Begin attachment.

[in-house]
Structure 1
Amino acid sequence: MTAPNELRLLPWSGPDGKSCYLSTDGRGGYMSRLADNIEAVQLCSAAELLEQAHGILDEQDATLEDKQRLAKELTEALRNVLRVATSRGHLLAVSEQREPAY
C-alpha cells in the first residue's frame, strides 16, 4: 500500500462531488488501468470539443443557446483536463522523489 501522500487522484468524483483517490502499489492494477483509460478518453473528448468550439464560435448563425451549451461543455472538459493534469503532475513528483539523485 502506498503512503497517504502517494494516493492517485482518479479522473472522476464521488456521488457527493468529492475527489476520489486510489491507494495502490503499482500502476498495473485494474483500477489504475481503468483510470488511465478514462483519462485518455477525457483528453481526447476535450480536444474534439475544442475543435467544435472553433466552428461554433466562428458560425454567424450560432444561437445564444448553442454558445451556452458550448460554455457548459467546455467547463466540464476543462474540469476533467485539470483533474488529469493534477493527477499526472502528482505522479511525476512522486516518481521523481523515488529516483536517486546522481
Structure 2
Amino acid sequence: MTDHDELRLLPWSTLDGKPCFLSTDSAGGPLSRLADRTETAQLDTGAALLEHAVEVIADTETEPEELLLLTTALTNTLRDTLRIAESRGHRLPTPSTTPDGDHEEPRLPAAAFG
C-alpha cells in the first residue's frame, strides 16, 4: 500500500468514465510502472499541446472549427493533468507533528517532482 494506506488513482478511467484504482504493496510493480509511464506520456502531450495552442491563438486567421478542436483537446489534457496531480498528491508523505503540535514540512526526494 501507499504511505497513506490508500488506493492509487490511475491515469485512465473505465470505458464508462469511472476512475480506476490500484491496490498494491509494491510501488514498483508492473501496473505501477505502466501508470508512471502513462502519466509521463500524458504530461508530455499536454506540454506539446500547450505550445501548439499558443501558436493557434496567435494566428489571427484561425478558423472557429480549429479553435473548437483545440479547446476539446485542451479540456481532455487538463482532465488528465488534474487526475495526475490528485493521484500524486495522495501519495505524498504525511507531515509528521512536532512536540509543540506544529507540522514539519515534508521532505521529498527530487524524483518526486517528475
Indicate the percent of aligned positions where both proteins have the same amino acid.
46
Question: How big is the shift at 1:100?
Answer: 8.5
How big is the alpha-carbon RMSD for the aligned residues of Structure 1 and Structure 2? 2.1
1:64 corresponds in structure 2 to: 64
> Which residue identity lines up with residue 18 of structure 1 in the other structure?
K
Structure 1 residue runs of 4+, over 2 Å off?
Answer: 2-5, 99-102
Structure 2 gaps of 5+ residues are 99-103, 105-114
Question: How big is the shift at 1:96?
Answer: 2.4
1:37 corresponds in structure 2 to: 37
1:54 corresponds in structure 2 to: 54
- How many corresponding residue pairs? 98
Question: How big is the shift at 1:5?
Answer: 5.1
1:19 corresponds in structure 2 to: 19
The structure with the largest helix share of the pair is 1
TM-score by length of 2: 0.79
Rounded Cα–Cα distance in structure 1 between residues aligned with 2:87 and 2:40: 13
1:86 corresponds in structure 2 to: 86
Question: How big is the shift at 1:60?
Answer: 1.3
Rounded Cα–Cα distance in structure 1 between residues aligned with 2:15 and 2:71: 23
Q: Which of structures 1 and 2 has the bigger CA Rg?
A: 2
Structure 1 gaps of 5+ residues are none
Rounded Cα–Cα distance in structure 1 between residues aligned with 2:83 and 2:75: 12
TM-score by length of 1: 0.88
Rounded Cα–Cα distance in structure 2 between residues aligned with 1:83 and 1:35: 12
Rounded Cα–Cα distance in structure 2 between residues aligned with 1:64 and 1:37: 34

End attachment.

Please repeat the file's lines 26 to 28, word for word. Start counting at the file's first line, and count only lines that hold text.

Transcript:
1:19 corresponds in structure 2 to: 19
The structure with the largest helix share of the pair is 1
TM-score by length of 2: 0.79